16. 16. Nursing Process: Implementation• Promoting an optimal response to therapy – Oral administration: Question patient regarding allergy to cephalosporins or penicillins; shake oral suspensions – Administer around the clock – Administer orally at least 1 hour before or 2 hours after meals – If patient experiences GI upset: Administer with food Copyright © 2008 Lippincott Williams & Wilkins.
  17. 17. Nursing Process: Implementation (cont’d)• Promoting an optimal response to therapy (cont’d) – Parenteral administration •Read the manufacturer’s instructions – injection; storage; life; methods; precautions – Methods of infusing cephalosporin: Direct, intermittent, or continuous IV infusion Copyright © 2008 Lippincott Williams & Wilkins.
  18. 18. Nursing Process: Implementation (cont’d)• Promoting an optimal response to therapy (cont’d) – Nursing alert •Inspect the needle insertion site for signs of extravasation or infiltration •Inspect several times a day for signs of redness – phlebitis or thrombophlebitis Copyright © 2008 Lippincott Williams & Wilkins.
  19. 19. Nursing Process: Implementation (cont’d)• Promoting an optimal response to therapy (cont’d) – Gerontologic alert • When given IM – inject the drug into a large muscle mass • Assess muscle for atrophy in nonambulatory patient or if paralysis is present • Warn patient about stinging or burning sensation at site Copyright © 2008 Lippincott Williams & Wilkins.
  20. 20. Nursing Process: Implementation (cont’d)• Promoting an optimal response to therapy (cont’d) – Chronic care alert •People with phenylketonuria need to be aware that the oral suspension cefprozil contains phenylalanine •Interferes with urine test results – diabetic patients Copyright © 2008 Lippincott Williams & Wilkins.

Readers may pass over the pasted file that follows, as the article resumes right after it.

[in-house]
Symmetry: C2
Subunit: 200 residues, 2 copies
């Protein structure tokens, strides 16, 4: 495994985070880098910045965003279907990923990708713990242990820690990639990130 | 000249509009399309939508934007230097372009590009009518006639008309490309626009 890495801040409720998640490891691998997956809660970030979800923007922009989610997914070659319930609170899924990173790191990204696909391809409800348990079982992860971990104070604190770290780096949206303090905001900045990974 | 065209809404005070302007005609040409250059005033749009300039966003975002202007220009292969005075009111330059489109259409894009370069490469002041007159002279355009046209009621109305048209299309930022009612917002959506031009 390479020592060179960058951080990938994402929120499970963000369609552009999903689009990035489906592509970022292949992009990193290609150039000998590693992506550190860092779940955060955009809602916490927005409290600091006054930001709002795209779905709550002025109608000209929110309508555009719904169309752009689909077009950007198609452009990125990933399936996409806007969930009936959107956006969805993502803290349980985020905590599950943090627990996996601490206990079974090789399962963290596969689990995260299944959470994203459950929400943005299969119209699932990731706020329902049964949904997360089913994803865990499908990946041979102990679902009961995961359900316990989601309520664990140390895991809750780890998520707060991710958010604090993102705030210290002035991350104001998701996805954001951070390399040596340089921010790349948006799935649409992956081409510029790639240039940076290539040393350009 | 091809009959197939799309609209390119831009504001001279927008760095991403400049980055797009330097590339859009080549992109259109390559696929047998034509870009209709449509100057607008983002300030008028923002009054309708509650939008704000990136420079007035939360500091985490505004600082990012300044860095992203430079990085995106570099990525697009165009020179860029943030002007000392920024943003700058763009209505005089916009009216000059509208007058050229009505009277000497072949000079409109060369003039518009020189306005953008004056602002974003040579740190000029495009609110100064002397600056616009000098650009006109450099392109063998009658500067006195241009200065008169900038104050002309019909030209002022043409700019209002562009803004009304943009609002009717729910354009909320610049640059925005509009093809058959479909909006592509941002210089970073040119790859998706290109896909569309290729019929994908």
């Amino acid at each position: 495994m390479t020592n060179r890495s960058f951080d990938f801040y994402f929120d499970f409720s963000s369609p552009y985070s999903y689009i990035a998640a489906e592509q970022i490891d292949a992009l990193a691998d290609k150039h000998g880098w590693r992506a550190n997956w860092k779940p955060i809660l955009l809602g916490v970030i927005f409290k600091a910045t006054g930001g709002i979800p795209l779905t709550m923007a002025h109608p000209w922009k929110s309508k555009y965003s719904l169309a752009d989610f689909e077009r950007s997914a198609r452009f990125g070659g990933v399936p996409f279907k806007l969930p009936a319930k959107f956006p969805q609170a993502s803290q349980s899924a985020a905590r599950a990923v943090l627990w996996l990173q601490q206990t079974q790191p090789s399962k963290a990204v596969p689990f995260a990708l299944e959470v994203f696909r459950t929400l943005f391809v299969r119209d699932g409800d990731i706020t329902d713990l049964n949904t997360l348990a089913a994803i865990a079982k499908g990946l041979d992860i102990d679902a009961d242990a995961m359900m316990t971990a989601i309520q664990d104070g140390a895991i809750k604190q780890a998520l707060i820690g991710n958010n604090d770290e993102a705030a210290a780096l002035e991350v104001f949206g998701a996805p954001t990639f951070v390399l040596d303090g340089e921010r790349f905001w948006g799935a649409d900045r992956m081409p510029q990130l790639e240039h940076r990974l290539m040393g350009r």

21. 21. Nursing Process: Implementation (cont’d) • Monitoring and managing patient needs – Impaired skin integrity • Inspect skin every 4 hours for redness, rash, or lesions and report when found • Emollients or antipyretic creams may be prescribed; avoid harsh soaps and perfumed lotions; avoid rubbing the area • Warn about wearing rough or irritating clothing Copyright © 2008 Lippincott Williams & Wilkins.
  22. 22. Nursing Process: Implementation (cont’d) • Monitoring and managing patient needs (cont’d) – Impaired comfort •Increased fever; take vital signs every 4 hours; administer an antipyretic drug or change drug or dosage as prescribed Copyright © 2008 Lippincott Williams & Wilkins.
  23. 23. Nursing Process: Implementation (cont’d)• Monitoring and managing patient needs (cont’d) – Impaired urinary elimination •Nephrotoxicity may occur; measure and record the fluid intake and output; report changes Copyright © 2008 Lippincott Williams & Wilkins.
  24. 24. Nursing Process: Implementation (cont’d)• Monitoring and managing patient needs (cont’d) – Impaired urinary elimination: Gerontologic alert •Nephrotoxic effects / renal impairment: Monitor blood creatinine levels •Diarrhea: Check the patient’s stools and reports any presence of blood and mucus immediately Copyright © 2008 Lippincott Williams & Wilkins.
  25. 25. Nursing Process: Implementation (cont’d)• Educating the patient and family – Review dosage regimen with the patient and family – Advise to complete full therapy and adhere to timing – Explain to shake oral suspensions and keep refrigerated – Advise to avoid alcohol and take with food if GI upset Copyright © 2008 Lippincott Williams & Wilkins.
  26. 26. Nursing Process: Evaluation• Therapeutic effect achieved• Urine output at least 500 mL daily; diarrhea not experienced• Patient and family demonstrate understanding of drug regimen• Patient verbalizes importance of compliance with prescribed therapeutic regimen• Skin is free of inflammation, irritation, or ulcerations Copyright © 2008 Lippincott Williams & Wilkins.
  27. 27. End of Presentation Copyright © 2008 Lippincott Williams & Wilkins.